The passage I wanted comes at the very beginning of the book:
People on the whole are very civil and obliging to Liberals nowadays - at least in public. How times have changed! When this writer was a small boy in the days of the last Liberal Government, quite nice, rosy Conservatives threatened to hang Ministers on lamp-posts, and there were Shelleyan Socialists who promised that at the coming revolution their first tumbril would be reserved, not for Tories, but for Liberals.
In those days, Lloyd George used to tell a story of a man who saved a stranger from drowning at risk to his own life. Presented with a medal by the Mayor, the hero said diffidently, "I did only what any other Englishman would have done in my place. I first turned him over to make sure he wasn't Lloyd George, then I dragged him out of the water."The moral is that you cannot be in government without making yourself unpopular with an awful lot of people. So perhaps we should have been better prepared for what it would be like to be in government.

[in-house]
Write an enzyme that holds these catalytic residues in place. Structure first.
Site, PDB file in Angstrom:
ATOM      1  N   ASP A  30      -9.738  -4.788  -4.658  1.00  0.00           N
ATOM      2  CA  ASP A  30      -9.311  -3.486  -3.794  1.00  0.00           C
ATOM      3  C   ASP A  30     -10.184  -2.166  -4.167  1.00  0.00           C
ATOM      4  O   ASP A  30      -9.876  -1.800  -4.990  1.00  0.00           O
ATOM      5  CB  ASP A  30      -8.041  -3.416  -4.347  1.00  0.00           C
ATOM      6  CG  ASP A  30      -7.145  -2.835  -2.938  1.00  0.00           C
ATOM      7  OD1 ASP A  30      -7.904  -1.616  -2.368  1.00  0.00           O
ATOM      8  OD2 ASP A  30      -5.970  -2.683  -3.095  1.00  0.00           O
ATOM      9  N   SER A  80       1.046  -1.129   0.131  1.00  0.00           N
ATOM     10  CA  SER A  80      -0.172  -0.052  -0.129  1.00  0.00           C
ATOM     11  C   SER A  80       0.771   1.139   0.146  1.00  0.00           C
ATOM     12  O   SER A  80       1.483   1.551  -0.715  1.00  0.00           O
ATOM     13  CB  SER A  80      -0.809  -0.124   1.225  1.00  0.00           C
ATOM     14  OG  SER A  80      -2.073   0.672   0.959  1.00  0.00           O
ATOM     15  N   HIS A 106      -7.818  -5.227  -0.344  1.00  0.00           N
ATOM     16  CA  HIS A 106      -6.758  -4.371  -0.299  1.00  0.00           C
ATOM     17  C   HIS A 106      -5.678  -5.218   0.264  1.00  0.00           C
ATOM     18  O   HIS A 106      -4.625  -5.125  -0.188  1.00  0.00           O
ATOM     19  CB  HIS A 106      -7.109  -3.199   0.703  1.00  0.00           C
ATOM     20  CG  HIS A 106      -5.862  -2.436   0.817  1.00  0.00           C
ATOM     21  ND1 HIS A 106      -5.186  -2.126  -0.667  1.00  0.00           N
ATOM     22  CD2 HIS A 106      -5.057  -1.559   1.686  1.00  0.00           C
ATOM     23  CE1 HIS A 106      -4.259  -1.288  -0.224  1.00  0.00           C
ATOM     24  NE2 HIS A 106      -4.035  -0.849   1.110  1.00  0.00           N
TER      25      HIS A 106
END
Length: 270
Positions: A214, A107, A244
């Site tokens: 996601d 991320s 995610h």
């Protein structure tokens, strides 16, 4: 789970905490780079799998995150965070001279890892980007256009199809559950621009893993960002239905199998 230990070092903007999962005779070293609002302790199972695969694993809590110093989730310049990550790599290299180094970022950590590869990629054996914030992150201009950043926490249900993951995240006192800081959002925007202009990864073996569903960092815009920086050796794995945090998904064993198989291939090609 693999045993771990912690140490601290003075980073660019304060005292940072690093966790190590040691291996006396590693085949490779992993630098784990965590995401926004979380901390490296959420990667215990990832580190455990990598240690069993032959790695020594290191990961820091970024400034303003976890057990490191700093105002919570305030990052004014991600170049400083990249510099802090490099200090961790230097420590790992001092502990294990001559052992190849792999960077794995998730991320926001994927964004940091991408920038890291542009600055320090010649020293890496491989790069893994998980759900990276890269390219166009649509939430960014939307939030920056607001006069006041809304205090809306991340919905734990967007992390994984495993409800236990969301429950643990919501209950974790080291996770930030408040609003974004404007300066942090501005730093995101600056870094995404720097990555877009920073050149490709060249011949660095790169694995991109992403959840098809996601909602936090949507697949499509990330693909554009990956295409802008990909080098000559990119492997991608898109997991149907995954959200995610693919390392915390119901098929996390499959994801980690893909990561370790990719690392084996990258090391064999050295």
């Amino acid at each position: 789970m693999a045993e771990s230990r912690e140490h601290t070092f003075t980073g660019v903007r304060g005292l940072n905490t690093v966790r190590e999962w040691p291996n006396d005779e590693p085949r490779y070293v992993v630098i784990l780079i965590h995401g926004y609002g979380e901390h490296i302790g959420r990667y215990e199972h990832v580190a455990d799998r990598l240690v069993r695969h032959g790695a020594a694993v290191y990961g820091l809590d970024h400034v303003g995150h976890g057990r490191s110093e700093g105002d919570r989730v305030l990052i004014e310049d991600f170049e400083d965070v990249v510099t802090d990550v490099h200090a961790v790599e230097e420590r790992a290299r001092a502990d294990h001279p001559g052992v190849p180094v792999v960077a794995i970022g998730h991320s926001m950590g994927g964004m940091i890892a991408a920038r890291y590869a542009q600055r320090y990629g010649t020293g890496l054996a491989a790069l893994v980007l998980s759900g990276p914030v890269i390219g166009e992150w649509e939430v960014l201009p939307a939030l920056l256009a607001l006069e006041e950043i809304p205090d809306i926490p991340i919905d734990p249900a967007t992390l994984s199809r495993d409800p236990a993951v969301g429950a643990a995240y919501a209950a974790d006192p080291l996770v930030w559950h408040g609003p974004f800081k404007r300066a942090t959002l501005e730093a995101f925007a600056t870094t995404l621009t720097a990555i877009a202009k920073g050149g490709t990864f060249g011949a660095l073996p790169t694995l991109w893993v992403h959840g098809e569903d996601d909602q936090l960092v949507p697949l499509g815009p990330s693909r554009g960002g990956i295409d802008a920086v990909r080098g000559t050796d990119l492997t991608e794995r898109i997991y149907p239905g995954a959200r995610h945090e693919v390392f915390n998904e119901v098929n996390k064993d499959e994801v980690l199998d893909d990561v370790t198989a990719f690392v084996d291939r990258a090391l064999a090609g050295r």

David, incidentally, has quoted a passage from this book that points a different moral.